Will It Go Her Way?: Some Seriously Belated Oscar Predictions

As usual, I am slow to catch up. A few years ago, the BBC relinquished the rights to televising the Oscars; and since we are not subscribing to the premium channel that does air them, I am relying on the old wireless to transport me to the events. So, here I am listening to . . . the 17th Academy Awards. Considering that Claudette Colbert is nominated for Since You Went Away, I just had to tune in. Also among the nominees, for his supporting role in the same picture, is Monty Woolley, the man to whom our terrier owes his name. This year, the event is hosted by Bob Hope (it was rival radio comic Jack Benny last time). There will be scenes from the nominated pictures, which are going to be explained to us radio listeners. While the president of the Academy, Walter Wanger, is saying a few words (at sixty minutes, this is a rather overblown affair), I might as well share my predictions with you.

As much as I enjoyed Since You Went Away, my money is on Double Indemnity in the Best Picture category. Gaslight is just a one dark note affair, and I don’t think that Wilson, which I haven’t seen, or Going My Way got much of a chance. Stanwyck should get the trophy for Best Actress; but, as you may know, I am partial to Colbert, who hasn’t won in a decade. Besides, she’s delivered a beautifully restrained performance, rather than going all maudlin or hysterical.

Hush, the ceremony is getting under way. It is broadcast live from Grauman’s Chinese. Hope just quipped that he never knew it was a theater, but thought “that it was where Darryl Zanuck had his laundry done.” He can joke; after all, he is being honored with a lifetime membership in the Academy of Motion Picture Arts and Sciences for his many services to the Academy (“Now I know how Roosevelt feels”).

Could Agnes Moorehead win this time for Mrs. Parkington, her second Best Supporting Actress nomination? I certainly like her radio acting. Did you catch “Sorry, Wrong Number”? Mark my word: if it ever gets adapted for the screen, she’s sure to get the Oscar for that role. She also was terrific in the brief scenes she had in Since You Went Away, in which Joseph Cotten’s character refers to hers as the voice that haunted him across the Atlantic. I don’t think Angela Lansbury got much of a chance in this category; Hollywood doesn’t quite know what to do with her. Maybe she’ll find her medium one day.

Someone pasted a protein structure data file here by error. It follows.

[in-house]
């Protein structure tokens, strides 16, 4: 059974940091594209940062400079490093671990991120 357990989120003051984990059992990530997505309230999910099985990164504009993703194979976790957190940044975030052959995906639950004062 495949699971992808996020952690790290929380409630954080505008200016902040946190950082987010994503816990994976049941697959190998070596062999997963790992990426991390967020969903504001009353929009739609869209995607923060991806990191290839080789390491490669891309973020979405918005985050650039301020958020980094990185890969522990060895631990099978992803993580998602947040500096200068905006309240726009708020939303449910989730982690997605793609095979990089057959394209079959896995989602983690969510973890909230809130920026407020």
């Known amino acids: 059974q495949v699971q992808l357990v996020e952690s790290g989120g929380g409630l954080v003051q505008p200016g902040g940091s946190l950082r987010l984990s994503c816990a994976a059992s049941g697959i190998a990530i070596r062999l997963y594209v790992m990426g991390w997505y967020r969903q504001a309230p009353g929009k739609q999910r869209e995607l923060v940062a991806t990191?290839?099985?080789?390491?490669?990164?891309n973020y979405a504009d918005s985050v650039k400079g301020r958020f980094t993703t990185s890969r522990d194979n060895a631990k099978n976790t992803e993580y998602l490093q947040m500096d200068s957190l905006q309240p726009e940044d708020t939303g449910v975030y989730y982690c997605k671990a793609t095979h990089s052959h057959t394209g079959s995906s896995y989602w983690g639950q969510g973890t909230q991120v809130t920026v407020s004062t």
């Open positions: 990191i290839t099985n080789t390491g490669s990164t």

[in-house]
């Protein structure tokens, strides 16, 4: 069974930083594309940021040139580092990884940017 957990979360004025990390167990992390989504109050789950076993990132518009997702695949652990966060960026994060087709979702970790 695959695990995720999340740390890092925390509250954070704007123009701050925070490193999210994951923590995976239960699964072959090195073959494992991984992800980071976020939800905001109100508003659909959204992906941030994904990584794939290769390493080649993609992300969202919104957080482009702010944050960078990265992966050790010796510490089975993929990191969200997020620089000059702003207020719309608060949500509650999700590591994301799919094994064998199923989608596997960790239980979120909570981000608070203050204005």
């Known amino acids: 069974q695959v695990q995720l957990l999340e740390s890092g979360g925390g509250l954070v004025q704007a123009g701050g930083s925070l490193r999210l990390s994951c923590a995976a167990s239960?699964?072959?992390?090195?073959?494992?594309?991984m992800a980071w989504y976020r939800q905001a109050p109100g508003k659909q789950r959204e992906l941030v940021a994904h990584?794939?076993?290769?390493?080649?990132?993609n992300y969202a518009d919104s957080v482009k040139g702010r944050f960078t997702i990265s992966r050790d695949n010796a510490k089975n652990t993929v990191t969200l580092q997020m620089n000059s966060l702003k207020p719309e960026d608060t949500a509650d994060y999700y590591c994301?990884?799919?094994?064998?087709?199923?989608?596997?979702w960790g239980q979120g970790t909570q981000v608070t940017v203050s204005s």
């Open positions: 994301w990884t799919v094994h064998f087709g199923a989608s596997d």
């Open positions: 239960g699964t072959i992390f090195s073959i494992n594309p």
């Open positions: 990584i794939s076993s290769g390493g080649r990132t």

Gosh, can you imagine all those stars in one big auditorium? According to Hope, “it’s informal dress”—“they only had to send Bing Crosby home twice.” Now, the winner for Short Subjects (Cartoon) is announced; the award goes to Fred Quimby’s “Mouse Trouble”—what’s next, rats winning best animated feature?—and Max Steiner just scored for scoring Since You Went Away.

I know this makes me sound like a nance, but I’d be terribly upset if Art Direction (Color), did not go to the team behind Mitchell Leisen’s Lady in the Dark; the film faces tougher competition in the Cinematography (Color) category, though, where it is up against Kismet and Meet Me in St. Louis. For Black and White, Joseph LaShelle for Laura should come out on top. I was rooting for Leisen’s No Time for Love and its clever dream sequence to win the Oscar for Art Direction (Black and White), which just lost to Gaslight.

Hang on, there is some mix-up about the trophies. Sure sounds unscripted. In fact, Hope, the old pro at the microphone, seems to have forgotten the audience outside the theater, folks like me who don’t get to see what’s going on. At least we are being treated to a few notes from the twelve nominated songs and the voices of Judy Garland, Rita Hayworth, Dinah Shore, Bing Crosby and Frank Sinatra.

Meanwhile, I am testing out my second sight. Best Director is going to be either Wilder or Hitchcock, who faced such tough competition a few years back when Rebecca lost, rightly, to The Grapes of Wrath. A shame, really, that Tallulah wasn’t even nominated for Life Boat, for the Original Motion Picture Story of which John Steinbeck is likely to get awarded. Original Screenplay, of course, will go to Preston Sturges, who, after all is nominated twice (for Hail the Conquering Hero and Miracle of Morgan’s Creek). And if the Screenplay Oscar doesn’t go to Raymond Chandler and Billy Wilder, then I don’t know what what is . . .

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